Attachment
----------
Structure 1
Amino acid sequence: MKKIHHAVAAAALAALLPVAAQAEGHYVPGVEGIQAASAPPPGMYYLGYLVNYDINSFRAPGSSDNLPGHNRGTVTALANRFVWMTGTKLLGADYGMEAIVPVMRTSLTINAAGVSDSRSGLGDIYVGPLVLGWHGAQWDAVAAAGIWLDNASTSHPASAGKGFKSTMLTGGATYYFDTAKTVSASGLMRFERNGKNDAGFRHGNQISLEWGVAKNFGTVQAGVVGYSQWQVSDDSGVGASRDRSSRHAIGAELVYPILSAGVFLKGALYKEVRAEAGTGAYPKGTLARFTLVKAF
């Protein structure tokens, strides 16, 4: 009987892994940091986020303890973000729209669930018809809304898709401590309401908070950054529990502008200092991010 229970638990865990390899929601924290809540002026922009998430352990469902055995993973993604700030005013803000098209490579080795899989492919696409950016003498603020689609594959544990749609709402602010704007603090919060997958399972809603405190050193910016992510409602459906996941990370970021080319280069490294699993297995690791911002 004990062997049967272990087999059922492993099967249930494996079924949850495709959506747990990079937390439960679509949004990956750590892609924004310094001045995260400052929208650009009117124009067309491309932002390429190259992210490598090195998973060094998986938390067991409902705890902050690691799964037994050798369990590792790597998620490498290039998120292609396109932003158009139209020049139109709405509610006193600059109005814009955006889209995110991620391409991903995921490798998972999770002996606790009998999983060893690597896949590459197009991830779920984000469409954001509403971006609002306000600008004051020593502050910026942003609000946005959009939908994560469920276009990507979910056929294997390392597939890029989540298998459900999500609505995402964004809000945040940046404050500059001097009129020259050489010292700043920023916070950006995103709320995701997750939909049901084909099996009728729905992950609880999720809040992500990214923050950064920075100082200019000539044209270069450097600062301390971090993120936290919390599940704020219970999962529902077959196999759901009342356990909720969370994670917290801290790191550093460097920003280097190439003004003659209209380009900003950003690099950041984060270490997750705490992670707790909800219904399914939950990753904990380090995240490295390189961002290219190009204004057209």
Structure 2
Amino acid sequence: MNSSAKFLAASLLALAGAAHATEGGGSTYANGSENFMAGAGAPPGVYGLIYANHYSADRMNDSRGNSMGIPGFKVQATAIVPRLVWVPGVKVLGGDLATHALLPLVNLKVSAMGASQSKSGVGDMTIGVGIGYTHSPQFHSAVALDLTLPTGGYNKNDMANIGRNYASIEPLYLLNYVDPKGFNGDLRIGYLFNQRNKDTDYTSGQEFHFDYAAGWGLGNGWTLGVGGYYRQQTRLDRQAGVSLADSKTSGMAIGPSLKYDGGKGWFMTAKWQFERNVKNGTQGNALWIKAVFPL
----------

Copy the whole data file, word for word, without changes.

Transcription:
Structure 1
Amino acid sequence: MKKIHHAVAAAALAALLPVAAQAEGHYVPGVEGIQAASAPPPGMYYLGYLVNYDINSFRAPGSSDNLPGHNRGTVTALANRFVWMTGTKLLGADYGMEAIVPVMRTSLTINAAGVSDSRSGLGDIYVGPLVLGWHGAQWDAVAAAGIWLDNASTSHPASAGKGFKSTMLTGGATYYFDTAKTVSASGLMRFERNGKNDAGFRHGNQISLEWGVAKNFGTVQAGVVGYSQWQVSDDSGVGASRDRSSRHAIGAELVYPILSAGVFLKGALYKEVRAEAGTGAYPKGTLARFTLVKAF
């Protein structure tokens, strides 16, 4: 009987892994940091986020303890973000729209669930018809809304898709401590309401908070950054529990502008200092991010 229970638990865990390899929601924290809540002026922009998430352990469902055995993973993604700030005013803000098209490579080795899989492919696409950016003498603020689609594959544990749609709402602010704007603090919060997958399972809603405190050193910016992510409602459906996941990370970021080319280069490294699993297995690791911002 004990062997049967272990087999059922492993099967249930494996079924949850495709959506747990990079937390439960679509949004990956750590892609924004310094001045995260400052929208650009009117124009067309491309932002390429190259992210490598090195998973060094998986938390067991409902705890902050690691799964037994050798369990590792790597998620490498290039998120292609396109932003158009139209020049139109709405509610006193600059109005814009955006889209995110991620391409991903995921490798998972999770002996606790009998999983060893690597896949590459197009991830779920984000469409954001509403971006609002306000600008004051020593502050910026942003609000946005959009939908994560469920276009990507979910056929294997390392597939890029989540298998459900999500609505995402964004809000945040940046404050500059001097009129020259050489010292700043920023916070950006995103709320995701997750939909049901084909099996009728729905992950609880999720809040992500990214923050950064920075100082200019000539044209270069450097600062301390971090993120936290919390599940704020219970999962529902077959196999759901009342356990909720969370994670917290801290790191550093460097920003280097190439003004003659209209380009900003950003690099950041984060270490997750705490992670707790909800219904399914939950990753904990380090995240490295390189961002290219190009204004057209």
Structure 2
Amino acid sequence: MNSSAKFLAASLLALAGAAHATEGGGSTYANGSENFMAGAGAPPGVYGLIYANHYSADRMNDSRGNSMGIPGFKVQATAIVPRLVWVPGVKVLGGDLATHALLPLVNLKVSAMGASQSKSGVGDMTIGVGIGYTHSPQFHSAVALDLTLPTGGYNKNDMANIGRNYASIEPLYLLNYVDPKGFNGDLRIGYLFNQRNKDTDYTSGQEFHFDYAAGWGLGNGWTLGVGGYYRQQTRLDRQAGVSLADSKTSGMAIGPSLKYDGGKGWFMTAKWQFERNVKNGTQGNALWIKAVFPL